Campbell Interview: E. Lily Yu

Welcome to the third of my interviews with the finalists for the John W. Campbell Award for Best New Writer. You can read all of the interviews by clicking the Campbell Award tag. Today’s author is E. Lily Yu, who is also on the Hugo ballot for Best Short Story.

#

1) In exactly 21 words, who is E. Lily Yu?

A tetchy paper caterpillar with teeth. That’s all. And I’ve got the scrappiest cat and purdiest sister east of the Mississippi.

2) Tell us about the kind of fiction you write, and where we can find some of it!

The vast majority of my work is on my hard drive, and you can find it by hacking or stealing my laptop. For the less larcenously inclined, I have two stories in The Kenyon Review Online, here and here, one stock-market fairy tale in the May/June issue of Cicada, and half a novel on my computer that I’m hoping to finish this summer. I have several stories circulating and picking up rejection slips, and others in various drafts, which might or might not appear soon.

3) What has been the best moment of your writing career thus far? And if you’re comfortable sharing, what was the worst?

There’s nothing like the first time you have something published. I was fifteen, heading home on the school bus one afternoon in March, when I checked my rarely-touched Nokia and found a message over a month old, telling me my entry had won The Writer’s 69-word story contest and that I needed to call them to get my $50. The check arrived, the story was put online, and my parents, lovely people, were happy for me but pointed out that this was not a good way to make a living. There. I just made both of us feel old.

I was rejected from my university’s creative writing program almost exactly a year ago. That’s small beer, though.

4) Which is better: yo-yos or juggling? Defend your answer!

Juggling, hands down. You can’t set yo-yos on fire and perform the same tricks with any real panache. Neither can the common yo-yo stand against a juggler’s clubs, knives, and torches. If you mean diabolos, though, which under the right conditions are lethal spinning wheels of death, complete with nunchuks, then I’d have to abstain.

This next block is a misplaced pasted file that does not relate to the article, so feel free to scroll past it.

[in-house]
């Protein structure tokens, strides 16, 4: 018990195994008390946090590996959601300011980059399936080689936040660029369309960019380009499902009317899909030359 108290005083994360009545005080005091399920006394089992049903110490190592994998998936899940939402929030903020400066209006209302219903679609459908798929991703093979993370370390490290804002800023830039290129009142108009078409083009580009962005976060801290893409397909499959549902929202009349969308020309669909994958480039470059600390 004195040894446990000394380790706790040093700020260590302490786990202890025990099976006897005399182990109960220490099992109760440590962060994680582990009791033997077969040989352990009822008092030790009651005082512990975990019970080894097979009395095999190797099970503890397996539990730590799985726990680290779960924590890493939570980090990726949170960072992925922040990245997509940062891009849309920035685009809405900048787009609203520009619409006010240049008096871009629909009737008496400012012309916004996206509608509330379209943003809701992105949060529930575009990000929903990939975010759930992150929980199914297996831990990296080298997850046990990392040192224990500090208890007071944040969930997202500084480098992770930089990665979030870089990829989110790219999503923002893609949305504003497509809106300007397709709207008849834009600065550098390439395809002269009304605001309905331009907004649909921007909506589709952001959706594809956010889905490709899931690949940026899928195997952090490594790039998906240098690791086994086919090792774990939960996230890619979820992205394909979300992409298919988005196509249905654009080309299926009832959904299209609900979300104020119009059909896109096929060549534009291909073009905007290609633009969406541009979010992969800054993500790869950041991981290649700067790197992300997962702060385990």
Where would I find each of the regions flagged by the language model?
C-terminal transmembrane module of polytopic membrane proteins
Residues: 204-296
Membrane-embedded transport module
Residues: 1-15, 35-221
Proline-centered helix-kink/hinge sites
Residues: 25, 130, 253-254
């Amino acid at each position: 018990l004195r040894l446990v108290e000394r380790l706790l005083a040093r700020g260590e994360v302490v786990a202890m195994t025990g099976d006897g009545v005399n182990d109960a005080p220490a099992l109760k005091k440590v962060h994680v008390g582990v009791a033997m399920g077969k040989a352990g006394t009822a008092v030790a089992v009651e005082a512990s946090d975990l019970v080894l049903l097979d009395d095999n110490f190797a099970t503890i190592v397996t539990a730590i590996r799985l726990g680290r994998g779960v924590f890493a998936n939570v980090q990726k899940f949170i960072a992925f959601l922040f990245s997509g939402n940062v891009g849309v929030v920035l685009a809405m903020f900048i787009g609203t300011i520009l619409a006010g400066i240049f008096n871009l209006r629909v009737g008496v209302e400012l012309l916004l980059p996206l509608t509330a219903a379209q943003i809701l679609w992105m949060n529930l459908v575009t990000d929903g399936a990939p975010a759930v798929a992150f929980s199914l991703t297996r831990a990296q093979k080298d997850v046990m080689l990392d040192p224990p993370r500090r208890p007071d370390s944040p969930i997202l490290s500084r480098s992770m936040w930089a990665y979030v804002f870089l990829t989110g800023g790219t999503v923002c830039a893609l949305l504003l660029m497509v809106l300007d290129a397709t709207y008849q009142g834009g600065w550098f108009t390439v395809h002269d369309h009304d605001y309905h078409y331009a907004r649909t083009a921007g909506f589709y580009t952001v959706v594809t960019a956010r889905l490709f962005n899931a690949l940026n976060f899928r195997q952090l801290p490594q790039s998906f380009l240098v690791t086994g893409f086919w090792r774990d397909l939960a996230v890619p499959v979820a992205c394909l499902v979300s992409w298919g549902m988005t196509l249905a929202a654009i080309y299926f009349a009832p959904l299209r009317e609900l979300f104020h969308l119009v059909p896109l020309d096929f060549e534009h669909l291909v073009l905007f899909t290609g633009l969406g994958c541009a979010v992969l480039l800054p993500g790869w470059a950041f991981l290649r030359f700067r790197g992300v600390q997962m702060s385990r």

5) As a writer, where would you like to be in ten years?

Snoozing on a towel beside a small pile of elegantly bound books that I’m proud of having written, amid the wreckage that is the draft of the next one, with wavelets slinking up the white sand to just below my toes.

More realistically, it would be nice to have access to a good public library system, perhaps also access to a very good university library system, and health insurance. I’ve just started sending out job applications and thinking about these things, and what I’m thinking isn’t too good.

6) You’ve also been nominated for the Best Short Story Hugo for “The Cartographer Wasps and the Anarchist Bees.” Congratulations! I love the voice and imagery of those opening paragraphs. How long did it take before you felt the story was ready?

That’s kind of you. I had about four full drafts of the story between December and the third week of March, when Clarkesworld accepted it, and I was tinkering with it up until the last minute. There was one clunky sentence that I was deeply unhappy with, but I couldn’t figure out how to fix it. The deadline kept crawling nearer. I was biting through the caps of my pens. Three days before it was published, I came up with a better sentence. The audio had been recorded by that time, though, so if you try to listen to the story while following the text, you’ll notice that the first paragraph is different in each version. Escape Pod is just about to podcast the story again, this time including the change.

7) So what do you do when you’re not writing fiction?

Poetry. Plays. Actually, the last year has been all schoolwork and applications. Two academic theses: one submitted, one I’m struggling with. The deadline’s been extended to three days after the Nebulas. I’ve put everything else aside to work on those.